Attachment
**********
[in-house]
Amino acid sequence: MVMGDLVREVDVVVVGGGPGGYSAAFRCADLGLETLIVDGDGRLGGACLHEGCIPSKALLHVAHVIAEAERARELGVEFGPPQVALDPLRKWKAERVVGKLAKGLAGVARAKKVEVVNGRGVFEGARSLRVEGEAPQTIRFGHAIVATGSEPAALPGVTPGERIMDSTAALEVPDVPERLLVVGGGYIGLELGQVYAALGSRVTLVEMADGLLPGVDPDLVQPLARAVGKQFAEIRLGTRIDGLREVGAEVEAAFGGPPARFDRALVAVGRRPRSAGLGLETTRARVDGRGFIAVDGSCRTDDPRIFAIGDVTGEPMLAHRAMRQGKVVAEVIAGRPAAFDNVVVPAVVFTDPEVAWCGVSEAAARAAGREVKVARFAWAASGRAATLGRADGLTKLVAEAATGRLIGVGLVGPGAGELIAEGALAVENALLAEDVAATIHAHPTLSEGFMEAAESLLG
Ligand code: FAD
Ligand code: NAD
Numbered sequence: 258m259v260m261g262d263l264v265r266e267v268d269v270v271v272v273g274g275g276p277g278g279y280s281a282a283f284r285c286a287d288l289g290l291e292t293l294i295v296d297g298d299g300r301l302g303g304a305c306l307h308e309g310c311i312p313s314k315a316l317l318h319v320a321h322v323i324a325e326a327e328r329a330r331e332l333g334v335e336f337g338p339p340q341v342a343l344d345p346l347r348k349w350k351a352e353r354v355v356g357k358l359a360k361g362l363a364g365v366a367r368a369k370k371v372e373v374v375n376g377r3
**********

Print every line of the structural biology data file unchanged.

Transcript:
[in-house]
Amino acid sequence: MVMGDLVREVDVVVVGGGPGGYSAAFRCADLGLETLIVDGDGRLGGACLHEGCIPSKALLHVAHVIAEAERARELGVEFGPPQVALDPLRKWKAERVVGKLAKGLAGVARAKKVEVVNGRGVFEGARSLRVEGEAPQTIRFGHAIVATGSEPAALPGVTPGERIMDSTAALEVPDVPERLLVVGGGYIGLELGQVYAALGSRVTLVEMADGLLPGVDPDLVQPLARAVGKQFAEIRLGTRIDGLREVGAEVEAAFGGPPARFDRALVAVGRRPRSAGLGLETTRARVDGRGFIAVDGSCRTDDPRIFAIGDVTGEPMLAHRAMRQGKVVAEVIAGRPAAFDNVVVPAVVFTDPEVAWCGVSEAAARAAGREVKVARFAWAASGRAATLGRADGLTKLVAEAATGRLIGVGLVGPGAGELIAEGALAVENALLAEDVAATIHAHPTLSEGFMEAAESLLG
Ligand code: FAD
Ligand code: NAD
Numbered sequence: 258m259v260m261g262d263l264v265r266e267v268d269v270v271v272v273g274g275g276p277g278g279y280s281a282a283f284r285c286a287d288l289g290l291e292t293l294i295v296d297g298d299g300r301l302g303g304a305c306l307h308e309g310c311i312p313s314k315a316l317l318h319v320a321h322v323i324a325e326a327e328r329a330r331e332l333g334v335e336f337g338p339p340q341v342a343l344d345p346l347r348k349w350k351a352e353r354v355v356g357k358l359a360k361g362l363a364g365v366a367r368a369k370k371v372e373v374v375n376g377r3